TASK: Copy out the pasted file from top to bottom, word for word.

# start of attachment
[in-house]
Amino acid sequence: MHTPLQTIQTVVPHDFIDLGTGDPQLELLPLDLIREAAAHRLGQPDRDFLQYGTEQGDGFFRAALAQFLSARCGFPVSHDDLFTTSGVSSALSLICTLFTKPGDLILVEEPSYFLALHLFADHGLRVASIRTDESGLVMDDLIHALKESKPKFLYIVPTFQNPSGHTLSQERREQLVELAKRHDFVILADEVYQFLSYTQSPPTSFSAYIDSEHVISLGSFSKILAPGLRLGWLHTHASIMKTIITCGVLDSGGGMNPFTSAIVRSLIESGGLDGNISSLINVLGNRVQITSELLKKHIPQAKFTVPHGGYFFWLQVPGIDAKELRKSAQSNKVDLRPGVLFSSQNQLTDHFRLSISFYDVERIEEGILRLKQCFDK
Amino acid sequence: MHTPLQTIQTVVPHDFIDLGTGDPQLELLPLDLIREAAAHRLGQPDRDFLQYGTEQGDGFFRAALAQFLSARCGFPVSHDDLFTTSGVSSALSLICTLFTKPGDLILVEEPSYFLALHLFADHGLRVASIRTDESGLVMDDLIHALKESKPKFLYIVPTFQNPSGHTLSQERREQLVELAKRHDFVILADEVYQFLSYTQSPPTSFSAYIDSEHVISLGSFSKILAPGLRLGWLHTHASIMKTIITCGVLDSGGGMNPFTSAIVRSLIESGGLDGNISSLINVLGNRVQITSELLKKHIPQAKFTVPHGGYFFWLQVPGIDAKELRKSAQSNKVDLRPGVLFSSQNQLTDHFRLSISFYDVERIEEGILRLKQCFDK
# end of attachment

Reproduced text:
[in-house]
Amino acid sequence: MHTPLQTIQTVVPHDFIDLGTGDPQLELLPLDLIREAAAHRLGQPDRDFLQYGTEQGDGFFRAALAQFLSARCGFPVSHDDLFTTSGVSSALSLICTLFTKPGDLILVEEPSYFLALHLFADHGLRVASIRTDESGLVMDDLIHALKESKPKFLYIVPTFQNPSGHTLSQERREQLVELAKRHDFVILADEVYQFLSYTQSPPTSFSAYIDSEHVISLGSFSKILAPGLRLGWLHTHASIMKTIITCGVLDSGGGMNPFTSAIVRSLIESGGLDGNISSLINVLGNRVQITSELLKKHIPQAKFTVPHGGYFFWLQVPGIDAKELRKSAQSNKVDLRPGVLFSSQNQLTDHFRLSISFYDVERIEEGILRLKQCFDK
Amino acid sequence: MHTPLQTIQTVVPHDFIDLGTGDPQLELLPLDLIREAAAHRLGQPDRDFLQYGTEQGDGFFRAALAQFLSARCGFPVSHDDLFTTSGVSSALSLICTLFTKPGDLILVEEPSYFLALHLFADHGLRVASIRTDESGLVMDDLIHALKESKPKFLYIVPTFQNPSGHTLSQERREQLVELAKRHDFVILADEVYQFLSYTQSPPTSFSAYIDSEHVISLGSFSKILAPGLRLGWLHTHASIMKTIITCGVLDSGGGMNPFTSAIVRSLIESGGLDGNISSLINVLGNRVQITSELLKKHIPQAKFTVPHGGYFFWLQVPGIDAKELRKSAQSNKVDLRPGVLFSSQNQLTDHFRLSISFYDVERIEEGILRLKQCFDK